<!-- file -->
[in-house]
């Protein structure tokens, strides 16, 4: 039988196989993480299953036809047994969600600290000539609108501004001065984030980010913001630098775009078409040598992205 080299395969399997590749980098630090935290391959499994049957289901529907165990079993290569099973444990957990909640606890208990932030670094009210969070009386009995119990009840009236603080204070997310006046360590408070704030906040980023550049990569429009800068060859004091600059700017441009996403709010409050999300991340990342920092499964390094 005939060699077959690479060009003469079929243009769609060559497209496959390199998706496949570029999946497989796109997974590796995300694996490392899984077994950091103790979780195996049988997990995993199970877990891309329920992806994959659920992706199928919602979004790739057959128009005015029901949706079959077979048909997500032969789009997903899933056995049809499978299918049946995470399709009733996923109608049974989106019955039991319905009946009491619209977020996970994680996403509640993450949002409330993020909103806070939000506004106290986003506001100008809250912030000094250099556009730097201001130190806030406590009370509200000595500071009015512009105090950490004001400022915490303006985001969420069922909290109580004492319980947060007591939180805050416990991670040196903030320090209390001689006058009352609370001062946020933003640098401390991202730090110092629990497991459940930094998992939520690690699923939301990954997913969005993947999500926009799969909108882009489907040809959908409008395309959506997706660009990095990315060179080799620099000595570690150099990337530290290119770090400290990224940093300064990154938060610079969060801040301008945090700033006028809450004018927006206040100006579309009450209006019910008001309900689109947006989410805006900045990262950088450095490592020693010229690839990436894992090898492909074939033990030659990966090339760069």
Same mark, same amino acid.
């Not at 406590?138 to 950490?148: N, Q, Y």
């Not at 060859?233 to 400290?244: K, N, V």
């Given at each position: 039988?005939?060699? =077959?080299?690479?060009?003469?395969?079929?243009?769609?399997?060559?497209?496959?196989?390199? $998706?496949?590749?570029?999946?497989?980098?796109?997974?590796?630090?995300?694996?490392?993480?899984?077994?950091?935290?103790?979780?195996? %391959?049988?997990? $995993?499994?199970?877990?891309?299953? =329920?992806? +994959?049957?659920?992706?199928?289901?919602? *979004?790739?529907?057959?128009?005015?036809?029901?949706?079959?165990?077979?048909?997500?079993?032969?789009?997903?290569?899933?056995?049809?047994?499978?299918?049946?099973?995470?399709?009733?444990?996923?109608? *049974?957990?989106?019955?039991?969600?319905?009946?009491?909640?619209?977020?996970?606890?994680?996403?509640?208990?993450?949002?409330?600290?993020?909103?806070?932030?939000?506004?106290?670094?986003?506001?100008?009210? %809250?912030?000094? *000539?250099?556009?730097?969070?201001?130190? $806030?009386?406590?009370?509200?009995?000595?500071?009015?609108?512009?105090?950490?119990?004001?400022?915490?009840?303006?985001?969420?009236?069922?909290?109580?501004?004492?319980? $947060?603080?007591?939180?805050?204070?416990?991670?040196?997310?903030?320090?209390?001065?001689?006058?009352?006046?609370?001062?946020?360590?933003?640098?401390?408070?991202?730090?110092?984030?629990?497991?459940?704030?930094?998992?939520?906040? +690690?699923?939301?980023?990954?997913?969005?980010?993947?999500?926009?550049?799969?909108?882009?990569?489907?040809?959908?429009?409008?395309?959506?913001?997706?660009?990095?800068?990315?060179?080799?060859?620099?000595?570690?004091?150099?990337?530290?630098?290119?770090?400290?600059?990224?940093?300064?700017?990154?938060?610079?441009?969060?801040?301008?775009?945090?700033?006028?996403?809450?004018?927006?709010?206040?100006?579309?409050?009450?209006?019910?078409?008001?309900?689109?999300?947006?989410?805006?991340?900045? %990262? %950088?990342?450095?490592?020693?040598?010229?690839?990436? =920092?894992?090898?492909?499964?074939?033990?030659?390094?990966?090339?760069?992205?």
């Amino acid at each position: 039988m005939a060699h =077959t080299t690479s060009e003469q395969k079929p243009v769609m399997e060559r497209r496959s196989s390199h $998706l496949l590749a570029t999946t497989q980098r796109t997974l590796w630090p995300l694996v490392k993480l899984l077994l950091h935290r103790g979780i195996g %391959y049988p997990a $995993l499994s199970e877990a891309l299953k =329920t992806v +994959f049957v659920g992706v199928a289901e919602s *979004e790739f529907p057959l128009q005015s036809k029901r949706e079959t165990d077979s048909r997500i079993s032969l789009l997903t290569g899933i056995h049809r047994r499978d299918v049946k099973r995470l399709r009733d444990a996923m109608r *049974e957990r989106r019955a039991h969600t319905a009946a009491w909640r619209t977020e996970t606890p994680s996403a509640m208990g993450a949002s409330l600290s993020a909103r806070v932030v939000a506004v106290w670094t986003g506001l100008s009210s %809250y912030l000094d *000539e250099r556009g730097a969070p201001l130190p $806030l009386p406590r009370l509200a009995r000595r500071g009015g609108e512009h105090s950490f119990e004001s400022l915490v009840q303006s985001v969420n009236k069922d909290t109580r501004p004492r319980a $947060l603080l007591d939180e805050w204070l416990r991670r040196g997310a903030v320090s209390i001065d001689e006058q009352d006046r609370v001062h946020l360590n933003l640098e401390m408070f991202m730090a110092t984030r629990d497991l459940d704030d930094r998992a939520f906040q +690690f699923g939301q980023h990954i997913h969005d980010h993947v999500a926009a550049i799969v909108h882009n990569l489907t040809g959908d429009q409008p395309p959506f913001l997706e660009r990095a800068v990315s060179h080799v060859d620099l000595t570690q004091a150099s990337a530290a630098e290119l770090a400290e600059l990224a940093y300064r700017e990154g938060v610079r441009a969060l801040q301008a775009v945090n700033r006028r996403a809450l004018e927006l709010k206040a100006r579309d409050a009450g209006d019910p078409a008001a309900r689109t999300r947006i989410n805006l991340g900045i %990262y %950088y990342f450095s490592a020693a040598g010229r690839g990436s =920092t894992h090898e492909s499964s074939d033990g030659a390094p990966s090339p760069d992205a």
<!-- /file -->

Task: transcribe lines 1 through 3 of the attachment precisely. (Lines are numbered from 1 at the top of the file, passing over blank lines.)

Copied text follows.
[in-house]
């Protein structure tokens, strides 16, 4: 039988196989993480299953036809047994969600600290000539609108501004001065984030980010913001630098775009078409040598992205 080299395969399997590749980098630090935290391959499994049957289901529907165990079993290569099973444990957990909640606890208990932030670094009210969070009386009995119990009840009236603080204070997310006046360590408070704030906040980023550049990569429009800068060859004091600059700017441009996403709010409050999300991340990342920092499964390094 005939060699077959690479060009003469079929243009769609060559497209496959390199998706496949570029999946497989796109997974590796995300694996490392899984077994950091103790979780195996049988997990995993199970877990891309329920992806994959659920992706199928919602979004790739057959128009005015029901949706079959077979048909997500032969789009997903899933056995049809499978299918049946995470399709009733996923109608049974989106019955039991319905009946009491619209977020996970994680996403509640993450949002409330993020909103806070939000506004106290986003506001100008809250912030000094250099556009730097201001130190806030406590009370509200000595500071009015512009105090950490004001400022915490303006985001969420069922909290109580004492319980947060007591939180805050416990991670040196903030320090209390001689006058009352609370001062946020933003640098401390991202730090110092629990497991459940930094998992939520690690699923939301990954997913969005993947999500926009799969909108882009489907040809959908409008395309959506997706660009990095990315060179080799620099000595570690150099990337530290290119770090400290990224940093300064990154938060610079969060801040301008945090700033006028809450004018927006206040100006579309009450209006019910008001309900689109947006989410805006900045990262950088450095490592020693010229690839990436894992090898492909074939033990030659990966090339760069």
Same mark, same amino acid.